What to Say When You Think Someone is Being Abused
If you suspect a friend or family member is in an abusive
relationship, talking with them about it can be hard. The most
important thing you can do is to let them know that they have
support and options to leave the relationship.
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It's important to remember that you can't "rescue" your friend
from an abusive relationship. Although it is hard to see someone
you care about get hurt, ultimately the person being hurt needs to
be the one who decides to do something about it. It's important to
support and help her find a way to safety.
Here are some easy ways to help start the conversation:
Offer support without judgment or
There are many reasons why a victim may stay in abusive
relationships. And, many reasons why she* may
leave and return to the relationship many times. Let her know it's
not her fault and that she's not alone. Respect her decisions, even
when you don't agree. Do not criticize or make her feel guilty -she
needs you to be helpful, not hurtful.
- "It's not your fault he treats you that way."
- "I know this is difficult to discuss, but please know you can
talk to me about anything."
- "You are not alone. I care about you and am here for you, no
- "You are not responsible for his behavior."
- "No matter what you did, you do not deserve this."
Don't be afraid to tell her that you're concerned for
Help your friend or family member recognize the abuse while
acknowledging that she is in a very difficult and dangerous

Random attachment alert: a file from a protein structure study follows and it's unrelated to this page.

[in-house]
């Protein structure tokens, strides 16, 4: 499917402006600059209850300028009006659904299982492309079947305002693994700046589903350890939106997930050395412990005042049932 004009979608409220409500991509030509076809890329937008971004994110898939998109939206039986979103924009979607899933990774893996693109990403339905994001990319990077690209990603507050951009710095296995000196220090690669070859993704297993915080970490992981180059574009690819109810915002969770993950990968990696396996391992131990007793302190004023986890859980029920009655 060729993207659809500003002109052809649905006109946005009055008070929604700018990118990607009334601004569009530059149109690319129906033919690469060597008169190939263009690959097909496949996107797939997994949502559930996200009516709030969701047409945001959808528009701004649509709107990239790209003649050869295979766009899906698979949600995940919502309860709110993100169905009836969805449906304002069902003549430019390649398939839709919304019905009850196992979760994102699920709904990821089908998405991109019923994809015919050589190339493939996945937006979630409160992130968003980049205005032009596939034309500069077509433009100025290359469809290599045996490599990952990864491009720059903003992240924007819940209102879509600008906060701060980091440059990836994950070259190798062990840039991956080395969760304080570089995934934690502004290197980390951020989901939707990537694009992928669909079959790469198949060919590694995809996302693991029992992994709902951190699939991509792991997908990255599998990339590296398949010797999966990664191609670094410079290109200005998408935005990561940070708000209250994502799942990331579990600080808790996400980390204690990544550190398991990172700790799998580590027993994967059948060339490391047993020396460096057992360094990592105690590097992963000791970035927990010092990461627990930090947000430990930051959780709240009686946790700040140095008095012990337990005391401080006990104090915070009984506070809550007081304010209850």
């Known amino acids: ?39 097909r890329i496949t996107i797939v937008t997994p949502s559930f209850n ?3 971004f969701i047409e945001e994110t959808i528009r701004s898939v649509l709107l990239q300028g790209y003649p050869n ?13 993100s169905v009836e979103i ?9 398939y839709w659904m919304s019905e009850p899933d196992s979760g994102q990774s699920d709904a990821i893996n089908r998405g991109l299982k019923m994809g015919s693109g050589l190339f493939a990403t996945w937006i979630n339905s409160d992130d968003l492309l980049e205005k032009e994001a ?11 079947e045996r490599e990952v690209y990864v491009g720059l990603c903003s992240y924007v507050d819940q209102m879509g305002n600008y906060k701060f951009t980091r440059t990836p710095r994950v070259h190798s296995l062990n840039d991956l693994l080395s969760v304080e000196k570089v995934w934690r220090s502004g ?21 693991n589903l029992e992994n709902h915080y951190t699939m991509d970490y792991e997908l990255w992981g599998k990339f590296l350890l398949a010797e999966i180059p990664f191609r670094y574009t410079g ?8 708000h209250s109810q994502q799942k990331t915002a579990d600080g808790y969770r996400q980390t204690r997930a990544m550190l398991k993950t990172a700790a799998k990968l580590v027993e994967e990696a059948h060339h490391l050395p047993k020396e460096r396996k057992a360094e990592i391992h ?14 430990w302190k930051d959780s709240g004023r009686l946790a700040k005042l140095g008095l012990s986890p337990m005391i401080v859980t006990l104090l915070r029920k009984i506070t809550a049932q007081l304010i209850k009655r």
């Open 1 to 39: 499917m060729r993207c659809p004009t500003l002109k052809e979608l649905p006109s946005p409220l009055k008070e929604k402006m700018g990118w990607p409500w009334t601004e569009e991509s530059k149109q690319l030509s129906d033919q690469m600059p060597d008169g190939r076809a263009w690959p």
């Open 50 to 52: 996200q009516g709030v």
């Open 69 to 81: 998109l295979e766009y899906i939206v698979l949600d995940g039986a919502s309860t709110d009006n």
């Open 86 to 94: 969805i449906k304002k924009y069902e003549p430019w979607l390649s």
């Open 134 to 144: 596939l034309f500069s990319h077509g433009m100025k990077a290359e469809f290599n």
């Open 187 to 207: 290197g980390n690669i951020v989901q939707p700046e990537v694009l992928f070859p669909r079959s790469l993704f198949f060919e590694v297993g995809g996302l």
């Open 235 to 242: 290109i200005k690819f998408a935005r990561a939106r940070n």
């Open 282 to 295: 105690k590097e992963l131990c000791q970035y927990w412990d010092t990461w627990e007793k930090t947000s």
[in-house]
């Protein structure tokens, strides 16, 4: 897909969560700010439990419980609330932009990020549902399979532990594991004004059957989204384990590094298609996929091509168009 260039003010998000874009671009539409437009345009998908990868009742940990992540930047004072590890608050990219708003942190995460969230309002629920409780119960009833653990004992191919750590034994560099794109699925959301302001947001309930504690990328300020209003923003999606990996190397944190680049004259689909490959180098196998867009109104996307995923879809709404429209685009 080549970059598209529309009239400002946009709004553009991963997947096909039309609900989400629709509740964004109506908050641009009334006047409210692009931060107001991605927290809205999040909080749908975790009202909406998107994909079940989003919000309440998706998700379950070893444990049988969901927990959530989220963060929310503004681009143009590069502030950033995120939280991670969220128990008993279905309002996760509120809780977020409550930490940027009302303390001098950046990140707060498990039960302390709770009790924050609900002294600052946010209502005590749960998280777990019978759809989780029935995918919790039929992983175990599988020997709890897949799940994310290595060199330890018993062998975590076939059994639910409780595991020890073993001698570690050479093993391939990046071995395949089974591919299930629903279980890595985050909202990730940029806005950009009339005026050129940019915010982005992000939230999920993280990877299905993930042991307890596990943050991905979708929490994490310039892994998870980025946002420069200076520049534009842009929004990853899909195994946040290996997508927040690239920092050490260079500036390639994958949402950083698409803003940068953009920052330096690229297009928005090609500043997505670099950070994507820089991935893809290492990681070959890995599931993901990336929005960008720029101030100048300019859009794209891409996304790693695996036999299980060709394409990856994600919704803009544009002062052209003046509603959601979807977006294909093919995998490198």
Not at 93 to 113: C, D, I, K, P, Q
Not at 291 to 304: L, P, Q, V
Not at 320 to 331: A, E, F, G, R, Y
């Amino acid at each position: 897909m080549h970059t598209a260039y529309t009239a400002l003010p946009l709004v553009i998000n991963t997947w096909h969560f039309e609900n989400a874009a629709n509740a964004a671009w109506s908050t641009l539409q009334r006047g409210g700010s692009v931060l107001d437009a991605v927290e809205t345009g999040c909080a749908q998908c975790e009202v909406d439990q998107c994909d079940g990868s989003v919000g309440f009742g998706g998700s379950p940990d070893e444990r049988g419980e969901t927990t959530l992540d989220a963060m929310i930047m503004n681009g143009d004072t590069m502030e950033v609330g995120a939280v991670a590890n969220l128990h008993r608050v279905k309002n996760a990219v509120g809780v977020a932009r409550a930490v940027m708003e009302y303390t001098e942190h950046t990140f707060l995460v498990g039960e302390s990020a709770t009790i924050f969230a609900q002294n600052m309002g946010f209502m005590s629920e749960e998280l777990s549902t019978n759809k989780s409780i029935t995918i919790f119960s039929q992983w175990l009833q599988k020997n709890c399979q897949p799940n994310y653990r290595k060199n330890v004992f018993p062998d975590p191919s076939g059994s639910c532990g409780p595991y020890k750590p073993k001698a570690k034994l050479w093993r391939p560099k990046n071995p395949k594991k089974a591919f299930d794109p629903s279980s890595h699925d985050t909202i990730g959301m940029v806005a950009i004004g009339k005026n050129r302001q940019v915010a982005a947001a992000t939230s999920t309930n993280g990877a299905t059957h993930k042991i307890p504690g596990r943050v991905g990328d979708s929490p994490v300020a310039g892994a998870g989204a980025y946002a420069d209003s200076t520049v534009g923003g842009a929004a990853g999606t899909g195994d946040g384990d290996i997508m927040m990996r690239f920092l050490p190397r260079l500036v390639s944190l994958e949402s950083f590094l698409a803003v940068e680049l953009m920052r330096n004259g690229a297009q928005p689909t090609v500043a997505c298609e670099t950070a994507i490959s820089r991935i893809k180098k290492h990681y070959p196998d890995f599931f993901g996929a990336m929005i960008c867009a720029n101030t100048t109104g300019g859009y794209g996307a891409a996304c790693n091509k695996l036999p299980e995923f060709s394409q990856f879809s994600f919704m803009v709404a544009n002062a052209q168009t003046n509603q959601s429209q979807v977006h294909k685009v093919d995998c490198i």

- "I see what is going on with you and _______ and I want to
- "You don't deserve to be treated that way. Good husbands and
partners don't say or do those kinds of things."
- "The way he treats you is wrong. Men should never hit or
threaten the women they love."
- "I'm worried about your safety and am afraid he'll really hurt
you next time."
- "Promise me that if you need to talk, you'll come to me."
There are many reasons why individuals experiencing abuse don't
reach out to family and friends. It's important to recognize if she
is ready to talk about her experiences while offering support.
- "I'm here to help and am always available, even if you don't
want to talk about it."
- "Remember, you're not alone - I am here for you when you're
ready to talk about it."
Don't try to make any decisions for your friend because it
implies that you think she's incapable of making good choices for
herself and it may deter her from confiding in you in the future.
Instead, focus on offering support and encouragement.
- "I want to help. What can I do to support you?"
- "How can I help protect your safety?"
Encourage her to get help.
Suggest ways she can get additional support. Help her look into
available resources, such as the National Domestic Violence Hotline
number (800-799-SAFE) or a local domestic violence agency with
specially-trained advocates to help her out of the situation.
- "Here is the number to our local domestic violence agency. They
can help provide shelter, counseling or support groups."
- You could also add: "They also offer services to help you
understand the legal system, access community resources, relocate
or get support for your children."
- "Let's develop a safety plan."
- "If you need to go to the police [or court or a lawyer], I can
go with you to offer support."
If you are concerned about the safety of your friend or family
member, or to learn about services in your area, contact the
National Domestic Violence Hotline at 1-800-799-SAFE (7233)
or TTY 1-800-787-3224.
show that domestic violence primarily impacts women. Feminine
pronouns are used in this document when referring to victims of
domestic violence and masculine pronouns are used when referring to
perpetrators. We are using gender-specific pronouns to keep the
writing simple and clear, but we recognize that the issue is not a
simple one. Sometimes the perpetrator will be female while the
victim will be male. And, domestic violence can happen in same sex
relationships as well.